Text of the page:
Mergers and acquisitions (M&A) defied gravity in 2021, and while 2022 has been slower, figures are healthy. Moreover, one of the most popular strategies continues to be Buy and Build (B&B).
A recent on-demand CLE program from the Practising Law Institute (PLI), Introduction to the “Buy and Build” M&A Strategy: What It Is and Why Everyone Seems to Be Doing It, is moderated by Joe Ehrlich, the National Practice Leader for Private Equity and M&A at Brown & Brown, and features top professionals in the M&A space discussing B&B’s risks and advantages.
How popular is it? In 2021, B&B accounted for nearly 70 percent of deals.
According to Eric Tajcher, a partner at Morgan Lewis who counsels businesses on U.S. and cross-border M&A, this is “not particularly surprising” as companies are looking for ways to improve their market share.
What It Is
The program materials define B&B as “a strategy employed by private-equity-backed companies in which the company seeks to expand and extend its operations through strategic add-on acquisitions of other companies in the same sector or adjacent sectors.”
A key aspect is “an opportunity to consolidate in a fragmented industry,” says Brian Kirkpatrick, president of Universal Engineering Sciences, whose firm has grown via an aggressive M&A strategy backed by PE sponsors BDT Capital and Palm Beach Capital.
The goal, of course, is to create a stronger company.
“This may mean reducing overhead or rationalizing functions,” says Frank Finelli, Managing Director at the private equity firm Carlyle. “What can these two companies do together that they can’t do alone?”
Although B&B differs across sectors, a common goal is to find cost and revenue synergies to strengthen the company and then sell it “at a [higher] EBITDA Multiple [than what was paid],” Tajcher says. The EBITDA Multiple is a way of looking at a company’s profitability on a normalized basis. It is frequently used to value business. EBITDA stands for earnings before interest, taxes, depreciation, and amortization.
“Some clients are looking to expand geographically,” he continues, “and others are looking for services or products that are complementary so they can cross-sell.”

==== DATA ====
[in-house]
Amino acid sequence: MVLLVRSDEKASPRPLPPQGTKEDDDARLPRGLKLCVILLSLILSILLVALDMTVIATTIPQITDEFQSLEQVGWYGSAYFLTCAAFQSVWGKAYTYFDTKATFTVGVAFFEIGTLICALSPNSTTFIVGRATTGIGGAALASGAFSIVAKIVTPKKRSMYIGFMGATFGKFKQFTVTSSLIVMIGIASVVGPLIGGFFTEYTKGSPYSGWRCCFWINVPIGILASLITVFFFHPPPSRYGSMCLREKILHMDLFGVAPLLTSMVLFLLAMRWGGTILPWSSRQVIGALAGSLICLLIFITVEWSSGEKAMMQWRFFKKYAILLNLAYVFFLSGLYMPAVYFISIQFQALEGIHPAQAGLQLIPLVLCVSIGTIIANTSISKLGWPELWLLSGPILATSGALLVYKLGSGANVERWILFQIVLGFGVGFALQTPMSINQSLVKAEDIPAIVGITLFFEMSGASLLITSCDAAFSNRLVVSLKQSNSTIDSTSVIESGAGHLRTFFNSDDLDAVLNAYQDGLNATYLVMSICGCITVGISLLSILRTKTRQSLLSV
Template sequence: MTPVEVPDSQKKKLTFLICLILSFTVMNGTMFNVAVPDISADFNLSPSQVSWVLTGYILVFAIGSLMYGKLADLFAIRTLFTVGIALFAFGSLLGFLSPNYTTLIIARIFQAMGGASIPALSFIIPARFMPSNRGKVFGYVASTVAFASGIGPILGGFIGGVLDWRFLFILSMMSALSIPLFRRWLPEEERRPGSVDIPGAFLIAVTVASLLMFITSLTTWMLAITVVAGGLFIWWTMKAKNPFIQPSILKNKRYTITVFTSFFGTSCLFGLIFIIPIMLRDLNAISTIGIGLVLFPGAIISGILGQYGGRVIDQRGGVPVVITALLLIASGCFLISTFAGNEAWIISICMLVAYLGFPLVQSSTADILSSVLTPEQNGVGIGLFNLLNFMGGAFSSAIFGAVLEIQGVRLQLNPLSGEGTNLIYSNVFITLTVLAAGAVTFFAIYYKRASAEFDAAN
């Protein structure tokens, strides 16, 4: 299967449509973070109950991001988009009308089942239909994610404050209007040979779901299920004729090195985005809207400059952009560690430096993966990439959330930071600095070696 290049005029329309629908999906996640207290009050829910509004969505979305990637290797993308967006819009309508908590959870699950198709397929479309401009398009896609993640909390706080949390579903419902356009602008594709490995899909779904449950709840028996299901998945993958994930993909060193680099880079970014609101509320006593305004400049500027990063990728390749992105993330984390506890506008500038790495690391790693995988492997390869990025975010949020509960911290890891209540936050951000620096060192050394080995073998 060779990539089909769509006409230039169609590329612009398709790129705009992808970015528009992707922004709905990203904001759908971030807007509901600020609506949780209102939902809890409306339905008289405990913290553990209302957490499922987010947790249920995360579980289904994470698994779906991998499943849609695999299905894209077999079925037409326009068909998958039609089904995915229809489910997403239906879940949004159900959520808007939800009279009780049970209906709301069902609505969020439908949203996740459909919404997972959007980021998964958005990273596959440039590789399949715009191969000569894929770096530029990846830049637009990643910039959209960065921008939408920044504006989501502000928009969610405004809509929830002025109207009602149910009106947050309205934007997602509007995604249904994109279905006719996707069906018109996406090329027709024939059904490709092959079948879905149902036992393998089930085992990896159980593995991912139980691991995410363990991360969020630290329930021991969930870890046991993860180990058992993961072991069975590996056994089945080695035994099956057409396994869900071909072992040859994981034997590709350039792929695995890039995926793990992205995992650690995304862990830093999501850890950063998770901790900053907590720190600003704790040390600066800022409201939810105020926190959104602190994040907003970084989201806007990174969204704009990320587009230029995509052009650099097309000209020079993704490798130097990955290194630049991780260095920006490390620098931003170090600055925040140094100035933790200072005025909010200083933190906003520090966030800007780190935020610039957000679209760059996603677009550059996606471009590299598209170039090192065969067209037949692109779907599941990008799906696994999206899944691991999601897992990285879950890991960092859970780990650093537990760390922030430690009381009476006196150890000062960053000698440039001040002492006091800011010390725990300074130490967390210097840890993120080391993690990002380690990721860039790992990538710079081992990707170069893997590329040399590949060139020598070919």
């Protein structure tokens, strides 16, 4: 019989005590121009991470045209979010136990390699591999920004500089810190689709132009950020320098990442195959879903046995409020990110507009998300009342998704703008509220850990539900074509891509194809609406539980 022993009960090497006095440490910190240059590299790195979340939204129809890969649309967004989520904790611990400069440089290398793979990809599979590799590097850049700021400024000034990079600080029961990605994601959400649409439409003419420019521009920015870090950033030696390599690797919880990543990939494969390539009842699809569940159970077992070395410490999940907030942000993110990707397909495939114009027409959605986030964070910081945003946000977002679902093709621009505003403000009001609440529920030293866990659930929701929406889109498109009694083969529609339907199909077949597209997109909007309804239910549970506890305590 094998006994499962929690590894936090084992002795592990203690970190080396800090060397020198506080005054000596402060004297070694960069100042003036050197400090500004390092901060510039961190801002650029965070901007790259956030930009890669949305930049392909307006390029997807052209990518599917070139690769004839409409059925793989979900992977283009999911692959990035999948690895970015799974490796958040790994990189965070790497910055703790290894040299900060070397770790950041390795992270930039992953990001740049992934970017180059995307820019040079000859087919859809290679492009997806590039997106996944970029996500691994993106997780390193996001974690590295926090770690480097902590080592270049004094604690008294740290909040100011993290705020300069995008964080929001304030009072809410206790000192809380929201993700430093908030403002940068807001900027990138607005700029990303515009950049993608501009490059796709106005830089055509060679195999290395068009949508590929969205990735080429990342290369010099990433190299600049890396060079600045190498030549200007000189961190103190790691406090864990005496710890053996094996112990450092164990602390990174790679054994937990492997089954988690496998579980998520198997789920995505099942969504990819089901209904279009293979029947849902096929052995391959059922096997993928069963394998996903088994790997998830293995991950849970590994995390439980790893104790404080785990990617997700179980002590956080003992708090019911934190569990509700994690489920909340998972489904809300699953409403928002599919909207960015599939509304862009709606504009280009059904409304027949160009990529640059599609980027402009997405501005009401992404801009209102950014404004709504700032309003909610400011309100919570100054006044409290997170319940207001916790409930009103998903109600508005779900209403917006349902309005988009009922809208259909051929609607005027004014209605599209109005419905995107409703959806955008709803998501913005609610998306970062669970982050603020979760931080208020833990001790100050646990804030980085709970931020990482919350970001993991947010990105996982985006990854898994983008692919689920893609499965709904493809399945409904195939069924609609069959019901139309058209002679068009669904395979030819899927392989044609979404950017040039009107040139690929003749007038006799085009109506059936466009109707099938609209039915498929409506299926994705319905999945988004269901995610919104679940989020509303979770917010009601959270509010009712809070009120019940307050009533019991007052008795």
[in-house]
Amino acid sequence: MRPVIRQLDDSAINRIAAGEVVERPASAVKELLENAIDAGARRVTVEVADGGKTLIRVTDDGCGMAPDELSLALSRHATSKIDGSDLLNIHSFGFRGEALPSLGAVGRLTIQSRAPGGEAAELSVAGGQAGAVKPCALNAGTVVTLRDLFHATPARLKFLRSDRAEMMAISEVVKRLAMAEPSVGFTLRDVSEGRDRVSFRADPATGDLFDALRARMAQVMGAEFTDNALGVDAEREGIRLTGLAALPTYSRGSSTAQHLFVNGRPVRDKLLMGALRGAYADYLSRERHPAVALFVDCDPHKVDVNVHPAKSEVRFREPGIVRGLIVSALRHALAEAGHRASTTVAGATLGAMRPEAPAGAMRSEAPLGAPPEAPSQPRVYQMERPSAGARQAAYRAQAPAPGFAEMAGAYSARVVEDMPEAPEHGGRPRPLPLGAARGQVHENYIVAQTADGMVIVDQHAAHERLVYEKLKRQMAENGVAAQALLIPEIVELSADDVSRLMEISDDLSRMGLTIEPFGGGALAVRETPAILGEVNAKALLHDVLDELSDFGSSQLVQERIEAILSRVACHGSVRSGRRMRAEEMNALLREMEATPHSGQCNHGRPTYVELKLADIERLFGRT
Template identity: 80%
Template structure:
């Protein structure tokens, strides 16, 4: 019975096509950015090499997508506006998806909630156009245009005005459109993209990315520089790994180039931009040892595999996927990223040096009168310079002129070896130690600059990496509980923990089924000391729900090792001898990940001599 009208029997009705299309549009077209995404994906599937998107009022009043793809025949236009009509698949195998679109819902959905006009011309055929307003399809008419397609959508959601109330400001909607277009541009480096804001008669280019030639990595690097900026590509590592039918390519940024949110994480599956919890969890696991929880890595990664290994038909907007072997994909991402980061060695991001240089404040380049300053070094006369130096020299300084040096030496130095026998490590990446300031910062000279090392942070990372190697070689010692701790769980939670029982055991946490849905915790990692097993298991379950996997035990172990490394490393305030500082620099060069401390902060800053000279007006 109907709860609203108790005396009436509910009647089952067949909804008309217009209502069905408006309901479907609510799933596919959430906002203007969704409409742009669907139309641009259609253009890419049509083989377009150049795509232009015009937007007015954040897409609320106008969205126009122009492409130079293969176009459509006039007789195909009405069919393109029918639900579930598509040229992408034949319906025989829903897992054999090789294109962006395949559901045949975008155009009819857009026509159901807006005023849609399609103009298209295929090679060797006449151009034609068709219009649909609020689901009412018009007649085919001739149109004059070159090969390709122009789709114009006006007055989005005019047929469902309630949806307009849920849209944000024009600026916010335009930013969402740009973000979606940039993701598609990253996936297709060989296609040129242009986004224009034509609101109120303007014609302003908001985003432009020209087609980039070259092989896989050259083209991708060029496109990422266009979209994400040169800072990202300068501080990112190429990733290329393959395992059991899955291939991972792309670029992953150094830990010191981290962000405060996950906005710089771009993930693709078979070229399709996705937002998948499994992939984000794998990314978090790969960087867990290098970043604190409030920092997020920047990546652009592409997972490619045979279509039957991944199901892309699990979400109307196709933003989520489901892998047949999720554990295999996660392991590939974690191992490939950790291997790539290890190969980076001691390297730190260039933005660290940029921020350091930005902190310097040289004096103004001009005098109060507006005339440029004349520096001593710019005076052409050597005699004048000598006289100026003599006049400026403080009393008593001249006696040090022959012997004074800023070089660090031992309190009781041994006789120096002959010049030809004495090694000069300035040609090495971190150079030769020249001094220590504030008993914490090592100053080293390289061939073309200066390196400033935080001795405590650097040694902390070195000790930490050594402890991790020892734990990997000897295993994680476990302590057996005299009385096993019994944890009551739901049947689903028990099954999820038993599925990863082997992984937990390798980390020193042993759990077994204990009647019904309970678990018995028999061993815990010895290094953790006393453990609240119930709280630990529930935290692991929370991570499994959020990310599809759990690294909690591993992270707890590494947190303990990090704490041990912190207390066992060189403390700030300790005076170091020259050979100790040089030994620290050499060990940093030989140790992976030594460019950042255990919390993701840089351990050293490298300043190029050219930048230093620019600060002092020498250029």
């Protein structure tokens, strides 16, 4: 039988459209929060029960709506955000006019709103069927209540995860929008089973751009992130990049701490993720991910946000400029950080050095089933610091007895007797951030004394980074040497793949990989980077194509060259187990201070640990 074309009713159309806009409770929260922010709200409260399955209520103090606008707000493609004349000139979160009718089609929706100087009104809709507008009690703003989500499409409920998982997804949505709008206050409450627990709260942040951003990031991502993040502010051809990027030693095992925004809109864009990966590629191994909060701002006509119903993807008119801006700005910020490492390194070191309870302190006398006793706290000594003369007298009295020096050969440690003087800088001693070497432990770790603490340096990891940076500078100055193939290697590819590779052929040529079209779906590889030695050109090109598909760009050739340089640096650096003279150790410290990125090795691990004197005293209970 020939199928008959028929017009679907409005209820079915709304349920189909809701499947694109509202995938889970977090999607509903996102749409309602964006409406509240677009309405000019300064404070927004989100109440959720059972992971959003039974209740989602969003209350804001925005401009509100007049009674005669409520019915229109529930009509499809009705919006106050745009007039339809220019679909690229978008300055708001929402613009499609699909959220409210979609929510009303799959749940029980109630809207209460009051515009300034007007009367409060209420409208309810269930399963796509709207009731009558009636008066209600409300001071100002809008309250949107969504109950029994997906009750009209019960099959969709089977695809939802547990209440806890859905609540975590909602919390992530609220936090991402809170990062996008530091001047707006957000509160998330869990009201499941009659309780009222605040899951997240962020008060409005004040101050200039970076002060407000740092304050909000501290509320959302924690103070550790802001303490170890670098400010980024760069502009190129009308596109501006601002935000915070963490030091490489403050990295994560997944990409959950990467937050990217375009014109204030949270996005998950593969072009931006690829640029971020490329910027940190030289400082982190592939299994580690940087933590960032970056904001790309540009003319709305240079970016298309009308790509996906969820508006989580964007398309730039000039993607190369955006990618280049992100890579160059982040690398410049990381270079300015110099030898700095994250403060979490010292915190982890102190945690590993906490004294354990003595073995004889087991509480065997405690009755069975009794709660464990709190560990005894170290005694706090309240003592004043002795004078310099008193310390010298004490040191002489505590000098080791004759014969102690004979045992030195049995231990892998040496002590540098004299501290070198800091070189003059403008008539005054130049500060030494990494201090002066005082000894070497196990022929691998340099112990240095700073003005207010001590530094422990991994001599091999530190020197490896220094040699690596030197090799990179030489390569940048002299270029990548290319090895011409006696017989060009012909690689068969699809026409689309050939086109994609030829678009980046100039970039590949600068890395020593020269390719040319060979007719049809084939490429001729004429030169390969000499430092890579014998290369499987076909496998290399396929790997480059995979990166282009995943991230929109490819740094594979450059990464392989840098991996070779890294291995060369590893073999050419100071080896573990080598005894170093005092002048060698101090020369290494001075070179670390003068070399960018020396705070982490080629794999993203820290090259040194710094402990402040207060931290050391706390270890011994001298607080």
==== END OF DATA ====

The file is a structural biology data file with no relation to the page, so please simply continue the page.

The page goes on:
Another goal — less common but particularly happening in tech — might be to “take on a talent pool.”
Why Everyone Seems to Be Doing It
In the PLI program, the panelists go on to discuss various drivers behind B&B activity. One is “dry powder” in the hands of private equity, the term for the amount of undeployed capital that has been committed to private equity funds.
In 2021, dry powder exceeded $3 trillion. “That’s a big number,” says Finelli. “We’ve seen broader classes of investors getting involved. Private Equity is a useful asset class for investors trying to maintain a diversified portfolio and B&B is a useful value creation strategy.”
“They’re going to want to deploy that capital sooner rather than later,” Tajcher adds. “The activity is still robust.”
Other drivers mentioned in the materials include ESG (environment, social, governance) trends and the rise of ESG-related companies, plus an inventory of high-quality targets, excellent price-to-earnings ratios, and aging business owners.
Getting Your B&B Right
Identifying the right target in the right industry sector is crucial, as is negotiating the right deal. An almost dizzying amount of factors come into play.
“You have to take this situation by situation, company by company,” Finelli says. “It’s hard to effectively integrate these businesses, and it’s risky. You’ve got to be confident you can mitigate risk with the quality management team you have.”
Due diligence is of paramount importance. The panelists touch on the main areas, including insurance, human resources, information technology and data privacy, and financials.
The due diligence period can stir up a number of legal issues. Parties on the target side may be reluctant to share “information about customers and what they’re paying, or intellectual property,” Tajcher says. On the buyer side, parties might be wary of compliance issues at “family-operated companies who might not engage sophisticated, expensive counsel.”
Ehrlich adds: “Your due diligence needs to follow your thesis. Your diligence needs to make sure that the target company actually is going to deliver all of the things that you’re hoping it will, and it’s going to lead to an accretion in value.”
Even in this time of market volatility, Finelli is bullish about the prospects for B&B. “I think we’ll drive on at a steady pace,” he says. “There’s just tremendous expertise and good companies out there that give me confidence.”
Tajcher predicts that B&B’s high percentage of M&A deals will hold steady, “at least for the next couple of years,” and Kirkpatrick agrees, calling B&B “a very viable strategy for the long term.”
Looking to test the waters in your practice? You can view the full program here for a thorough overview of this space.
Elizabeth M. Bennett was a business reporter who moved into legal journalism when she covered the Delaware courts, a beat that inspired her to go to law school. After a few years as a practicing attorney in the Philadelphia region, she decamped to the Pacific Northwest and returned to freelance reporting and editing.